The right to water and sanitation at the Rio+20 Summit
The following article is an opinion column article written by Emmanuel Poilâne, director of France Libertés, published in the Huffington post.
France Libertés and actors from civil society are defending the status of water as a common good at Rio+20, calling on the nation states for a concerted effort.
Unfortunately, the only article concerning water in the Final declaration is Article 121: “We reaffirm our commitments regarding the human right to safe drinking water and sanitation, to be progressively realized for our populations with full respect for national sovereignty. We also highlight our commitment to the 2005-2015 International Decade for Action "Water for Life”.
This declaration is insufficient as well as counterproductive for the future of humanity.
At the UN Assembly in New York in July, 2010, no nation opposed recognition of the fundamental human right for all people to access. However, two years later, nothing that has been put in place to change the situation. Rio+20 was supposed to be a lever for those essential changes, has not fulfilled this role.
Since July, 2010, many nations have not inscribed this right in their Constitutions, nor taken the right to water forward as a priority for the 21st century. Belgium is the only European country to have done so, along with around 40 southern countries. Considering the resolution of July 2010, Rio+20 could have been the occasion to make it mandatory for states to inscribe the right to water for all as a fundamental human right in their constitutions. This has not been the case.
If we don’t want our world to go ever deeper into the crisis of confidence that we are experiencing already today, States should listen to their peoples rather than simply concentrate on sorting out the economic and financial crises.
We must look at the future differently and develop humanity’s capacity to live in dignity, we have to give back to the common goods the importance they deserve so they can play a role in the search for a balance between economic, social and environmental spheres.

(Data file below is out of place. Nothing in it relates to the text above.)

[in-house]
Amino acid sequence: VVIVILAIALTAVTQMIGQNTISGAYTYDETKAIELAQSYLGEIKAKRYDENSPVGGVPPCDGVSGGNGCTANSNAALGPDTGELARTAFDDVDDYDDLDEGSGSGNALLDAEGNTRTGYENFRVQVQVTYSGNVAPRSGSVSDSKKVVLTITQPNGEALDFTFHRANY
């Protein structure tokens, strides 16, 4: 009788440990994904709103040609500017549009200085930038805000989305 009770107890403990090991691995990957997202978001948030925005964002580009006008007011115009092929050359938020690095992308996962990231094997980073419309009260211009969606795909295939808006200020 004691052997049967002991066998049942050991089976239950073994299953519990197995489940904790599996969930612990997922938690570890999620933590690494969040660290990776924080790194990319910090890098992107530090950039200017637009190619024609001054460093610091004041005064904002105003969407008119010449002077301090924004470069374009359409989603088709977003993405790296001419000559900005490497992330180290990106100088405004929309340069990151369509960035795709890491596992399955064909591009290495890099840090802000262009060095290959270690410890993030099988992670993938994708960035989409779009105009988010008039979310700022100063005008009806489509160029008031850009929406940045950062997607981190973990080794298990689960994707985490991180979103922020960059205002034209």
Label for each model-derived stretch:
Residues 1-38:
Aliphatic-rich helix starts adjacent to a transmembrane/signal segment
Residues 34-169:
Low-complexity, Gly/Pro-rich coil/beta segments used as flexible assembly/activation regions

Our planet’s financiarisation will not help us live together better. On the contrary, we should learn how to alive together better in order to preserve the Earth.
What we were expecting from the Rio+20 Summit, were decisions to concretely implement the UN resolution. The Blue Pavilion at the People’s summit materialised this hope. Children and peoples understand the obvious necessity to share our water. Leaders of states should be capable of doing so to and yet seem to have forgotten that water is a central element of life on earth.
The headlong rush of consumerist societies needs to stop. The pre-condition for breaking with this rush is for water to be replaced at the centre of international agendas as an objective of utmost importance for the humanity’s survival.
Countries which lack water know perfectly this reality, but they are not being heard on the international stage. President Mahamadou Issoufou of Niger reminded us in Paris on Monday. France has a moral obligation to set the example by inscribing the right to water for all in its constitution. It would be the first G8 country to act and would thus open the way for others. This type of decision would be a credit to our country, supposedly to be the country of human rights.
Let’s not allow the financial markets to stifle ideas of progress. Instead, let’s take some time to rethink the basis of our society in which we hope to see our children and grandchildren grow. Water and its protection ater will surely be at the centre of it.